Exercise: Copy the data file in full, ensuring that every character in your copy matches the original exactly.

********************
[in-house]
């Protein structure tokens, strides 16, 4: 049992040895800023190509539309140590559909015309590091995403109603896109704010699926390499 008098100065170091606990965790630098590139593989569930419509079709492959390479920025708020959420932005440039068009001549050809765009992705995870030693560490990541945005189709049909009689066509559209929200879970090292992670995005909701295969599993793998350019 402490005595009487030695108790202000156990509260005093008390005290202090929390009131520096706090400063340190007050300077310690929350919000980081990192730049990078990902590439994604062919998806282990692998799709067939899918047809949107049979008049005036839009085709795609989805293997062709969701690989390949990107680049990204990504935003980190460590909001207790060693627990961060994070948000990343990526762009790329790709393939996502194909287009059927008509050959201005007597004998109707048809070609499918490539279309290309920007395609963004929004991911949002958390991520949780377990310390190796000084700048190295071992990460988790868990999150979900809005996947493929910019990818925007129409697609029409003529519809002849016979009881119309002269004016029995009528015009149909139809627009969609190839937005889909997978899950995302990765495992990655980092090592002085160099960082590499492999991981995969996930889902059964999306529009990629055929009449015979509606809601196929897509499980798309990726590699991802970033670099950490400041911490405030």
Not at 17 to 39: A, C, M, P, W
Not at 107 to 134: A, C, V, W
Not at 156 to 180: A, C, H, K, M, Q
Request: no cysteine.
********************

[in-house]
């Protein structure tokens, strides 16, 4: 049992040895800023190509539309140590559909015309590091995403109603896109704010699926390499 008098100065170091606990965790630098590139593989569930419509079709492959390479920025708020959420932005440039068009001549050809765009992705995870030693560490990541945005189709049909009689066509559209929200879970090292992670995005909701295969599993793998350019 402490005595009487030695108790202000156990509260005093008390005290202090929390009131520096706090400063340190007050300077310690929350919000980081990192730049990078990902590439994604062919998806282990692998799709067939899918047809949107049979008049005036839009085709795609989805293997062709969701690989390949990107680049990204990504935003980190460590909001207790060693627990961060994070948000990343990526762009790329790709393939996502194909287009059927008509050959201005007597004998109707048809070609499918490539279309290309920007395609963004929004991911949002958390991520949780377990310390190796000084700048190295071992990460988790868990999150979900809005996947493929910019990818925007129409697609029409003529519809002849016979009881119309002269004016029995009528015009149909139809627009969609190839937005889909997978899950995302990765495992990655980092090592002085160099960082590499492999991981995969996930889902059964999306529009990629055929009449015979509606809601196929897509499980798309990726590699991802970033670099950490400041911490405030």
Not at 17 to 39: A, C, M, P, W
Not at 107 to 134: A, C, V, W
Not at 156 to 180: A, C, H, K, M, Q
Request: no cysteine.